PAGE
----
Quoted from au.news.yahoo.com more links at bottom.
The death toll from Victoria's bushfires has risen to 84, police say, in what has officially become Australia's deadliest bushfires disaster.
As dozens of blazes continued to rage on Sunday night, it seemed certain that the rapidly-unfolding disaster would claim many more lives.
By 8.30pm (AEDT), at least 750 homes had been destroyed, more than 330,000 hectares burnt out - 220,000ha alone in the Kinglake Complex wildfire - while authorities said some fires could take weeks to contain.
Entire towns were wiped out while communities in Dederang, Taggerty and Glenburn in the state's north were still under threat on Sunday night, almost 36 hours after the first fires were sparked by record heat and winds on Saturday.
"Hell and all its fury has visited the good people of Victoria in the last 24 hours," Mr Rudd told reporters in the fire-ravaged Yarra Valley.
"Many good people now lie dead. Many others lie injured.
"This is an appalling tragedy for Victoria but, because of that, it's an appalling tragedy for the nation.
"The nation grieves with Victoria tonight."
In an address to the state, Victorian Premier John Brumby said "out there it's been hell on earth".
He defiantly declared: "We will put communities back together, Victoria will recover".
Authorities believe some of the blazes were deliberately lit and police say arsonists could face murder charges and a maximum 25 years in prison.
The toll already surpasses the 47 deaths in Victoria and 28 in South Australia in the 1983 Ash Wednesday fires, while the Black Friday blaze in 1939 claimed 71 lives.
Ten people remain in a critical condition in hospital with serious burns.
The Kinglake region, about 80km north of Melbourne , was the worst hit - at least 550 homes razed and 63 deaths reported in the area as of 8.30pm (AEDT) on Sunday as the furious 220,000-hectare inferno, known as the Kinglake Complex, gave locals little chance.
One fire official said the blaze had a perimeter of "several hundred" kilometres.
Former Nine Network newsreader Brian Naylor, whose family had a property at Kinglake West, was missing feared dead while his wife Moiree had been confirmed killed, a network spokesman confirmed.
According to residents, much of the town of Kinglake, which suffered at least eight deaths, had been destroyed and nearby Marysville was wiped off the map as the fireball showed no mercy on a fearful Saturday night and early Sunday morning.
"It was a most horrible day. It's going to look like Hiroshima, I tell you, it's going to look like a nuclear bomb. There's animals dead all over the road," Kinglake resident Chris Harvey told AAP.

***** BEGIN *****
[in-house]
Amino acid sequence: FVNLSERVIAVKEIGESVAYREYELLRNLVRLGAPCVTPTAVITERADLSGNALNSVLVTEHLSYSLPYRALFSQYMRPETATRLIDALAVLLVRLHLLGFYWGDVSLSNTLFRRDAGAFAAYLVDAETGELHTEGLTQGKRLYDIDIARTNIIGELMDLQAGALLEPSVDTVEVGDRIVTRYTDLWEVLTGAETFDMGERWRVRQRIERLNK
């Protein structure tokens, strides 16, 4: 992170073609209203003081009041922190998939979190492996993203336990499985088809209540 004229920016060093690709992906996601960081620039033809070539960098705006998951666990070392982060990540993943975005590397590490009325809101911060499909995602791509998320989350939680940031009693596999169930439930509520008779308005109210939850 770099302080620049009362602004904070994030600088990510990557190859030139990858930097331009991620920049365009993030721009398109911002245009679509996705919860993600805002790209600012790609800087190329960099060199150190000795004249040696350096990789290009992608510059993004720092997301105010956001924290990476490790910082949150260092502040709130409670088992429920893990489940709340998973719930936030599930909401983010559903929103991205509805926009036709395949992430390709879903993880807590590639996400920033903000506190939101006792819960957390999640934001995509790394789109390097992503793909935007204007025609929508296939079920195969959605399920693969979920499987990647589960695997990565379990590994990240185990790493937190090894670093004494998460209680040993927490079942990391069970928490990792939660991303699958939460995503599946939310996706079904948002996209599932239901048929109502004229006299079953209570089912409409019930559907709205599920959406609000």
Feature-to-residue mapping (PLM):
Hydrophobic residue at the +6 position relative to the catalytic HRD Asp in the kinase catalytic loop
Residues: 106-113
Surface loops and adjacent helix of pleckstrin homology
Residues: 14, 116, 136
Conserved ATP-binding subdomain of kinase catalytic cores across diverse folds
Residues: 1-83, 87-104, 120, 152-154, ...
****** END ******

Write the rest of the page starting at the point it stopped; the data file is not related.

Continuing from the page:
Six of the victims were in one car trying to outrun the inferno which swept through Kinglake in minutes. Dr Harvey said the town was littered with burnt-out cars, and he believed many contained bodies.
Dr Harvey's daughters Victoria and Ali, both in their 20s, told of a local man, Ross, who lost both his daughters and possibly a brother.
"He apparently went to put his kids in the car, put them in, turned around to go grab something from the house, then his car was on fire with his kids in it, and they burnt," Victoria said.
Almost the entire town of nearby Marysville in the picturesque Upper Yarra Valley was razed, with houses, shops, petrol stations and schools destroyed after the East Kilmore and Murrindindi Mill fires merged to create the massive Kinglake Complex, which is still causing major headaches for firefighters.
Two people had been killed in Marysville, according to a police update just after 7pm (AEDT).
Ten people were killed in Kinglake West and 12 in nearby St Andrews.
Nine deaths were reported in Gippsland in the state's east on Sunday as the 32,860-hectare Churchill fire burned almost to the coast. The Bunyip Ridge fire burned 25,000 hectares and torched the township of Labertouche on Saturday.
Four people are confirmed dead at Callignee, one at Upper Callignee, three at Hazelwood and one at Jeeralang in Gippsland - the areas hardest hit by the Churchill blaze.
Fire authorities said the threat to townships from the Bunyip Ridge and Churchill fires had subsided, but residents needed to remain alert.
Crews would still be patrolling the area overnight.
Two people were confirmed dead at Mudgeegonga, near Beechworth, while one person was reported dead at Bendigo and another at nearby Long Gully.
The 30,000-hectare Beechworth-Library Road blaze, three kilometres south of Beechworth, in the state's northeast, was still listed as out of control late on Sunday evening but the threat was believed to be easing.
The ages and sex of the deceased is not known in all cases, however police expect that some children will be among them.
Touring the Yarra Valley firegrounds with Premier Brumby, Mr Rudd announced a joint federal-state $10 million emergency relief fund for the victims.
He said emergency Centrelink payments were available to those needing immediate financial assistance.
Mr Brumby said volunteer firefighters and aircraft were coming in from NSW and South Australia , while the Australian army would also be brought in to help.
Chief Minister Jon Stanhope said the ACT was dispatching 90 firefighters and support personnel to Beechworth to help battle the fire, along with 10 light and heavy tankers.